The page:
Paint in History
The very first paint was made of “charcoal” or earth pigments ground up into a paste and mixed with binders of spit, blood, urine, vegetable juice or animal fat.
Humans applied this paint using twigs, feathers, or animal hair – often they even blew the paint through hollow bones to produce an “airbrush” effect.
The Greek & Romans discovered the use of wax, resin and eggs as a binding vehicle, Egyptians discovered and used earth pigments sur as malachite (green), azurite (blue), realgar (red-orange) and carmine lake (red).
The Middle Ages brought the discovery of ultramarine (blue), which was used extensively in representations of the Virgin Mary’s garments as a symbol of purity. By the 15th century, walnut and linseed oil began to replace egg as a binder, paving the way for a far more versatile medium: oil paint.
The 19th century brought both the inventions of watercolor and the collapsible tin paint tube, revolutionizing the painting world and leading to a new era of color. No more bound by grinding their own pigments, artists founded color-based movements such as Impressionism and Fauvism. Starting 1900 brought the invention of water-based paint (acrylics) and synthetic pigments.
What is color
In the late 1600’s, Sir Isaac Newton (1642-1727) conducted and published a series of experiments involving prisms, light and color, which for the basis of our current understanding of color.
These experiments involved refracting white light through a prism – a simple triangular glass object that separtes light waves into individual colors. The result revealed that light could actually be broken down into 7 invididual colors: Red, Orange, Yellow, Green, Blue, Indigo and Violet.
Light and reflected colors
Light is made of eletromagnetic waves produced by a light source (candle, electric light bulb, or the sun). These waves exist in varying lengths which correspond to the differen colors we see.
For example: red is the longest wavelenght and violit is the shortest. The colors we see when light strikes an object are the result of certain wavelengths (individual colors) being absorbed by the object while other wavelengths are being reflected back to us. Those reflected back to us are the colors that we see.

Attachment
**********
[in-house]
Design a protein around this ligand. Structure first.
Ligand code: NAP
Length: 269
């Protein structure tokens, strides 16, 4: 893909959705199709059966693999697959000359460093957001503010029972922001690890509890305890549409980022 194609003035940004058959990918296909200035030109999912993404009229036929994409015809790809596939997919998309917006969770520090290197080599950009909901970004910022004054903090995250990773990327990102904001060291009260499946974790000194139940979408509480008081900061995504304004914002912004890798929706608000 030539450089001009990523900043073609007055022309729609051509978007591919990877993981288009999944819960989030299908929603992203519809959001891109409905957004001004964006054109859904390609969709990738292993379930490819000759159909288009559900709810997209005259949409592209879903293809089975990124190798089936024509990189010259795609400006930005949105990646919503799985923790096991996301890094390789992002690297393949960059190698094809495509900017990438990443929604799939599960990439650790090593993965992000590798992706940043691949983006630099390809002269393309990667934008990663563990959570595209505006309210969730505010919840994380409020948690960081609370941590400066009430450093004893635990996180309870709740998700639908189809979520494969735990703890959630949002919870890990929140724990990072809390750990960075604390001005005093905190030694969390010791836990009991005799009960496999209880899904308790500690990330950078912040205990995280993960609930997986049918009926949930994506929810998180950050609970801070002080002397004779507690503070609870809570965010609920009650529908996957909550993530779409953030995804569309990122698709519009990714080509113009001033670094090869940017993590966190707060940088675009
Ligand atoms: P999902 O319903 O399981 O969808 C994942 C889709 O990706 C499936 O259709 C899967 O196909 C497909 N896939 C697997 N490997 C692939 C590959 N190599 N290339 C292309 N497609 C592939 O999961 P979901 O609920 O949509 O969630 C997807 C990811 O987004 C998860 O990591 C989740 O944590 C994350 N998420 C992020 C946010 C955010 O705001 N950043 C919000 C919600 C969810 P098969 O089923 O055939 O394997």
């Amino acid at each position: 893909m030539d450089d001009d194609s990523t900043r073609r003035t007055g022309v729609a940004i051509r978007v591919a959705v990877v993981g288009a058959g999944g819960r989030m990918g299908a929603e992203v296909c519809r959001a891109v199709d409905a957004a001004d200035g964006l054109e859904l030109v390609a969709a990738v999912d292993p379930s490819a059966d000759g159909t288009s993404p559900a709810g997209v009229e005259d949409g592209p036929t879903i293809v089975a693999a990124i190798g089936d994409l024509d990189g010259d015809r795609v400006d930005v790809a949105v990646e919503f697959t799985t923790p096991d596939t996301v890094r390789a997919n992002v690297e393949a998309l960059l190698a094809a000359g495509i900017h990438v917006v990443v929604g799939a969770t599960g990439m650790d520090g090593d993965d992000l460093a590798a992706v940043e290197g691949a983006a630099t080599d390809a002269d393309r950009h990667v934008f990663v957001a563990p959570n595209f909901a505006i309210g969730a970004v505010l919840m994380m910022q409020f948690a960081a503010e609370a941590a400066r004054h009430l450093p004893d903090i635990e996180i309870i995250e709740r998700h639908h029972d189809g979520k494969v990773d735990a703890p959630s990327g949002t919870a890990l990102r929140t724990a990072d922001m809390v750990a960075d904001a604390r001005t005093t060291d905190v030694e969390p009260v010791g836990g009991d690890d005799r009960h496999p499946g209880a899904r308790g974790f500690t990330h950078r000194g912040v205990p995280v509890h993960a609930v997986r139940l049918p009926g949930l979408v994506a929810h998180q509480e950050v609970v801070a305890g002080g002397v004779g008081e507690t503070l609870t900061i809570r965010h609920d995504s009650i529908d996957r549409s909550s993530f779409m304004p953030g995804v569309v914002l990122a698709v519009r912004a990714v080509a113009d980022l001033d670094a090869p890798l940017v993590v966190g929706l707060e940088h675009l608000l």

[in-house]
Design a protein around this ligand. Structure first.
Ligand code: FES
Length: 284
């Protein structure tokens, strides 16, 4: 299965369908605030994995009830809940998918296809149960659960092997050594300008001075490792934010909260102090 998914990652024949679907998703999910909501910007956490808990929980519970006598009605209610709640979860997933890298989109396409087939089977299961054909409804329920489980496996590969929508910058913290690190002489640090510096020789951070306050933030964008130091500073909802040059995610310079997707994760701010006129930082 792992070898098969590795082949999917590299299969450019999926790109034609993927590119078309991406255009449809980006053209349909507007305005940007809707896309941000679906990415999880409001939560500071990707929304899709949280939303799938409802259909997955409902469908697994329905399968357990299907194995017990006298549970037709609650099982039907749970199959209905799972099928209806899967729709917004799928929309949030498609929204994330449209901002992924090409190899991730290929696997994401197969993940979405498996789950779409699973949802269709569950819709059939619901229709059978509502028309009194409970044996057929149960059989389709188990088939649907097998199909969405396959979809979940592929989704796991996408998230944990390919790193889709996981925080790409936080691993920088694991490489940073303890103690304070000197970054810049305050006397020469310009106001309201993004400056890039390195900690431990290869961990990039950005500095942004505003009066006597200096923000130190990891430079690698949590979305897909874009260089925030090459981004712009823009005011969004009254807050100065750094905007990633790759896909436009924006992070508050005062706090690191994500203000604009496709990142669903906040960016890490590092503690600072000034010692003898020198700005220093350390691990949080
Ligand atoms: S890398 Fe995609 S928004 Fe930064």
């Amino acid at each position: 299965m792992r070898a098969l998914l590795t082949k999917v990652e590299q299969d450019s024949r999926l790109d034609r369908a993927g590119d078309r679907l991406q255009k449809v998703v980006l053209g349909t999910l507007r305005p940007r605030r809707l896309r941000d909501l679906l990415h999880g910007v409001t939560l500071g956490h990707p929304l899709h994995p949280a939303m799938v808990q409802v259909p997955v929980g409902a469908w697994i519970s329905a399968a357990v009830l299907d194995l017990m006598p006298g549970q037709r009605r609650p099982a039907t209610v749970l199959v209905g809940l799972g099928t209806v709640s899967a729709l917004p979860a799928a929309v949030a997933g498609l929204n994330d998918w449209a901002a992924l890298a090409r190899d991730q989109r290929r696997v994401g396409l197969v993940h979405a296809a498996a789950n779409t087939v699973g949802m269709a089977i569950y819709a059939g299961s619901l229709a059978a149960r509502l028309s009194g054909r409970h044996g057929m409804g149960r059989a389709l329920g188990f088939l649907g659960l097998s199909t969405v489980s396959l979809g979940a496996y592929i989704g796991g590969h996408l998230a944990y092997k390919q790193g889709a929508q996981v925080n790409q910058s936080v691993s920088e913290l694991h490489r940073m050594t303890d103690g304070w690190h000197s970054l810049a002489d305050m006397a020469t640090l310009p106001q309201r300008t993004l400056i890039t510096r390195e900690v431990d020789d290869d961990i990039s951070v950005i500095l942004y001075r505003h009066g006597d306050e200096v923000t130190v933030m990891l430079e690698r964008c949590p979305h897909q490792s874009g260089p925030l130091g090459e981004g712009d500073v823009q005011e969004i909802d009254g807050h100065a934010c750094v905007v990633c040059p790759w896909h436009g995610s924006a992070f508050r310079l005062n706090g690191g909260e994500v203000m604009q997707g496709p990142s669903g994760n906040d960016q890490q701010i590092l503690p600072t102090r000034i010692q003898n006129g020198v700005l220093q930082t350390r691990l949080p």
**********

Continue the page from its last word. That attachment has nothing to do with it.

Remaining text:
Because physiology differs from one person to the next, we each perceive color slightly differently. This makes our perception of colors somewhat subjective.
The Color Wheel
We have now some knowledge about the science behind color, how do we use our knowledge of light and color to organize a visual system that we can use to achieve our artistic goals ?
Fortunately, much of this organization has been done for us. The easiest way to view color relationships is through the circular diagram called the « color wheel » – a visual organization of color hues that follow a logical order around a circle. Hereby also a link to a few useful online color wheels and color pickers:
We have 3 Primary, Secondary and Tertiary Colors (I use reference color wheel of Stephen Quiller below):
3 Primary Colors: Yellow, Red and Blue (YRB)
In traditional color theory (used in paint and pigments), primary colors are the 3 pigment colors that cannot be mixed or formed by any combination of other colors. All other colors are derived from these 3 colors (=hues) and considered the building blocks for the painter.
3 Secondary Colors:
- Orange, Purple and Green (OPG)
These are the colors formed by mixing the primary colors.
6 Tertiary Colors:
- Yellow-Orange, Red-Orange, Red-Purple, Blue-Purple, Blue-Green & Yellow-Green
These are the colors formed by mixing a primary and a secondary color. That’s why the hue is a two word name, such as blue-green, red-violet, and yellow-orange.